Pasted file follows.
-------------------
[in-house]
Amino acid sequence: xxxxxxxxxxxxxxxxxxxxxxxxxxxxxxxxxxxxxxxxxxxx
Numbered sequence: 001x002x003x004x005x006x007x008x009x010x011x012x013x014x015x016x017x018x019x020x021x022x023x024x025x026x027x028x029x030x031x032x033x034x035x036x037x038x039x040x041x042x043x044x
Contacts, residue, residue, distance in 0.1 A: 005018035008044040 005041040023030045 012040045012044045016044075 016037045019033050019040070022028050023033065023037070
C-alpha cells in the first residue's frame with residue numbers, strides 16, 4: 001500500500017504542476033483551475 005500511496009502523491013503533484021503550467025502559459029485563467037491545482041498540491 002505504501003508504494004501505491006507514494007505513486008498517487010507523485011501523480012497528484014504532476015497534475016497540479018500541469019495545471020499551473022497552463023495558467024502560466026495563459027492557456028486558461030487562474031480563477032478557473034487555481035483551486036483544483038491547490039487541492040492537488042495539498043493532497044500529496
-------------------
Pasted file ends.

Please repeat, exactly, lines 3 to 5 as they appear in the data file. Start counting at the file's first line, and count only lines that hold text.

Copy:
Numbered sequence: 001x002x003x004x005x006x007x008x009x010x011x012x013x014x015x016x017x018x019x020x021x022x023x024x025x026x027x028x029x030x031x032x033x034x035x036x037x038x039x040x041x042x043x044x
Contacts, residue, residue, distance in 0.1 A: 005018035008044040 005041040023030045 012040045012044045016044075 016037045019033050019040070022028050023033065023037070
C-alpha cells in the first residue's frame with residue numbers, strides 16, 4: 001500500500017504542476033483551475 005500511496009502523491013503533484021503550467025502559459029485563467037491545482041498540491 002505504501003508504494004501505491006507514494007505513486008498517487010507523485011501523480012497528484014504532476015497534475016497540479018500541469019495545471020499551473022497552463023495558467024502560466026495563459027492557456028486558461030487562474031480563477032478557473034487555481035483551486036483544483038491547490039487541492040492537488042495539498043493532497044500529496